Time to put this morality tale on ice

<em>Published on Spiked-Online at http://www.spiked-online.com/site/article/11117/</em>

‘Ice is the white flag being waved by our planet, under fire from the atmospheric attack being mounted by humanity. From the frosted plains of the Arctic ice pack to the cool blue caverns of the mountain glaciers, the dripping away of frozen water is the most crystal clear of all the Earth’s warning signals.’

It’s sheer poetry, from the silver-nibbed pen of the Guardian‘s head of environment, Damian Carrington, writing in the Observer last Sunday. It’s also sheer BS.

Carrington continues: ‘Last week saw the annual summer minimum of the Arctic ice cap, which has now shrunk to the lowest level satellites have ever recorded.’ Is this true? Anthony Watts, who runs the sceptical website Watts Up With That?, has a very useful page linking to sea-ice data. Carrington’s claim matches the record of ice extent produced by scientists at the University of Bremen. However, Watts also provides the equivalent data from five other institutions: the International Arctic Research Center/Japan Aerospace Exploration Agency (IARC-JAXA), the National Snow and Ice Data Centre in the US, the Danish Meteorological Institute, the Nansen Environmental and Remote Sensing Center and the US National Oceanic and Atmospheric Administration. None of these other groups find that 2011 has produced a new record low.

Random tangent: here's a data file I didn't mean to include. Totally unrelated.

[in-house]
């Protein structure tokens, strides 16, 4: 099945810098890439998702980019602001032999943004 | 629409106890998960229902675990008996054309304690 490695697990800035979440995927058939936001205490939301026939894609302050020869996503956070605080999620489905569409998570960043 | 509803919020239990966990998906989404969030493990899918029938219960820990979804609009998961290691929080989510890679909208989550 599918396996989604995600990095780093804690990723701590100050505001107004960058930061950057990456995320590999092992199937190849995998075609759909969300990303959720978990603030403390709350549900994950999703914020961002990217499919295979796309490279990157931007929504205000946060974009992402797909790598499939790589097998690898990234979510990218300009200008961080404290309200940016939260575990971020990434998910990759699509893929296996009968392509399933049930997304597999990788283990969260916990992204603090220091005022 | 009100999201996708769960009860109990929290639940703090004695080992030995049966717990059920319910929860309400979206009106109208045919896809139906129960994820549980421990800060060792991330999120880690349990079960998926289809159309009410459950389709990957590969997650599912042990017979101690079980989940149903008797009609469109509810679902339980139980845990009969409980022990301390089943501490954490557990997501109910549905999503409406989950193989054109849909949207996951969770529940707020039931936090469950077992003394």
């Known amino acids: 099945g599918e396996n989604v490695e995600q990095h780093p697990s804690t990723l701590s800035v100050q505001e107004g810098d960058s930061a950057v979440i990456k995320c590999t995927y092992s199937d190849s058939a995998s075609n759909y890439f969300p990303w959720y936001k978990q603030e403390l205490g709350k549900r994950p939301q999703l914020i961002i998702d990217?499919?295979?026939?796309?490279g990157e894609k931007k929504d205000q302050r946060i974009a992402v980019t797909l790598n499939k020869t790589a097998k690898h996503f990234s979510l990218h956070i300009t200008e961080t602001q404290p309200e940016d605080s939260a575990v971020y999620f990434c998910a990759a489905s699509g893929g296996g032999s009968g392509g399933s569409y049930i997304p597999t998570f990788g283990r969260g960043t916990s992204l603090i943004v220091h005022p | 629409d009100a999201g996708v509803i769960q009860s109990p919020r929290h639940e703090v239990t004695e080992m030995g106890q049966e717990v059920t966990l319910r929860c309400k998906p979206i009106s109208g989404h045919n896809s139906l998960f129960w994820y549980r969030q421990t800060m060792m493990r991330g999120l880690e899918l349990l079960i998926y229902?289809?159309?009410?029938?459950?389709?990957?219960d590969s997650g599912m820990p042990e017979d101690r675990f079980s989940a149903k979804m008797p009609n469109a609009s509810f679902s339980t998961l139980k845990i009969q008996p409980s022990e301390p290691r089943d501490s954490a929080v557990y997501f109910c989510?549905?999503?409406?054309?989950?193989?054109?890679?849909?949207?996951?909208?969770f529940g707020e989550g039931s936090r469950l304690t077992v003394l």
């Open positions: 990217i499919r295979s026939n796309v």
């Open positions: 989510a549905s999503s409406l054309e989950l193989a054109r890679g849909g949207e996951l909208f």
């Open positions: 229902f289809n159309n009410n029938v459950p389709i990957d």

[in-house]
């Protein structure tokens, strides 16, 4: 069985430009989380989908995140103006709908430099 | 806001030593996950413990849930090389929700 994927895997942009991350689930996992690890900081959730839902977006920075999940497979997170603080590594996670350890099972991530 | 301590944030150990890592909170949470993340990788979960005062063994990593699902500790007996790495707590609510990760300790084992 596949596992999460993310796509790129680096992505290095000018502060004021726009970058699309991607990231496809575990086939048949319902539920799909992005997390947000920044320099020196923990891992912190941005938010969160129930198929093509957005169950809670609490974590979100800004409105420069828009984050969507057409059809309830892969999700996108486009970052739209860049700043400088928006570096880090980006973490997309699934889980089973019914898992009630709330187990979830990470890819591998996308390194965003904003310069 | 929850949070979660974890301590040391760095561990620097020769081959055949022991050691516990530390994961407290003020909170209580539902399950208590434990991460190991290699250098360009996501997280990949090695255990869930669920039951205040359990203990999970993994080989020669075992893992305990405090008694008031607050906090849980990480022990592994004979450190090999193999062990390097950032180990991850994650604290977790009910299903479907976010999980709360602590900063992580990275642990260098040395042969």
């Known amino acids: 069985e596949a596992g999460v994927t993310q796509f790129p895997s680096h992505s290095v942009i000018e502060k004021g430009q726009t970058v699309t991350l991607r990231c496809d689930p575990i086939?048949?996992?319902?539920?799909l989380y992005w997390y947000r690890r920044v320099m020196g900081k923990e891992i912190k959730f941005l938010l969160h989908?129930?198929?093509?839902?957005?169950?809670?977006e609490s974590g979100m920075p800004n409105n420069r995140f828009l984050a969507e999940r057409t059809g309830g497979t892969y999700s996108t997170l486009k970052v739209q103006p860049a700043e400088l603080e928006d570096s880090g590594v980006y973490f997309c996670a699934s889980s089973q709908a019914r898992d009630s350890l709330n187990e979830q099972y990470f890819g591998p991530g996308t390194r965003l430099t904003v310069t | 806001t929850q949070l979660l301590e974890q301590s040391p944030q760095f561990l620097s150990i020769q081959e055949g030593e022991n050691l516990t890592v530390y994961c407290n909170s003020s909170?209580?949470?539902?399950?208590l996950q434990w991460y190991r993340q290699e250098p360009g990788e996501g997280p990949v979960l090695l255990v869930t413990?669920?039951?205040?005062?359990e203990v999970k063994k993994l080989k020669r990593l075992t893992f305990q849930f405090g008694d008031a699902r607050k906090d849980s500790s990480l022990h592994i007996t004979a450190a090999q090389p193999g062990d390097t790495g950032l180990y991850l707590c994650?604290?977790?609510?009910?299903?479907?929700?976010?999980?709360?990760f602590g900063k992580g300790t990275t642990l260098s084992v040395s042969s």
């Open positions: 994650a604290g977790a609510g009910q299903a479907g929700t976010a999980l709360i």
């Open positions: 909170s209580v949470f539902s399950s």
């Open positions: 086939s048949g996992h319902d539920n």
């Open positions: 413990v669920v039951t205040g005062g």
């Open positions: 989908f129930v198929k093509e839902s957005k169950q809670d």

Carrington wanted to give significance to a new record being set. But it seems to have been set only according to one out of six measurements of sea-ice extent. But if he’d mentioned these other measurements, that might have deprived him of his muse. Carrington, the poet, wants to paint a picture of the world, in which its white parts drain away. He wants to convey a feeling, not unlike the disappointment children experience when they see crisp white snow turn into muddy slush. The real picture of the world’s ice, however, requires grown-up eyes.

There may well be a trend towards an ice-free world. But there is still a great deal of sea ice remaining. The 30-year record, which Carrington believes is waving at us, begging for a ceasefire, hardly depicts this drama.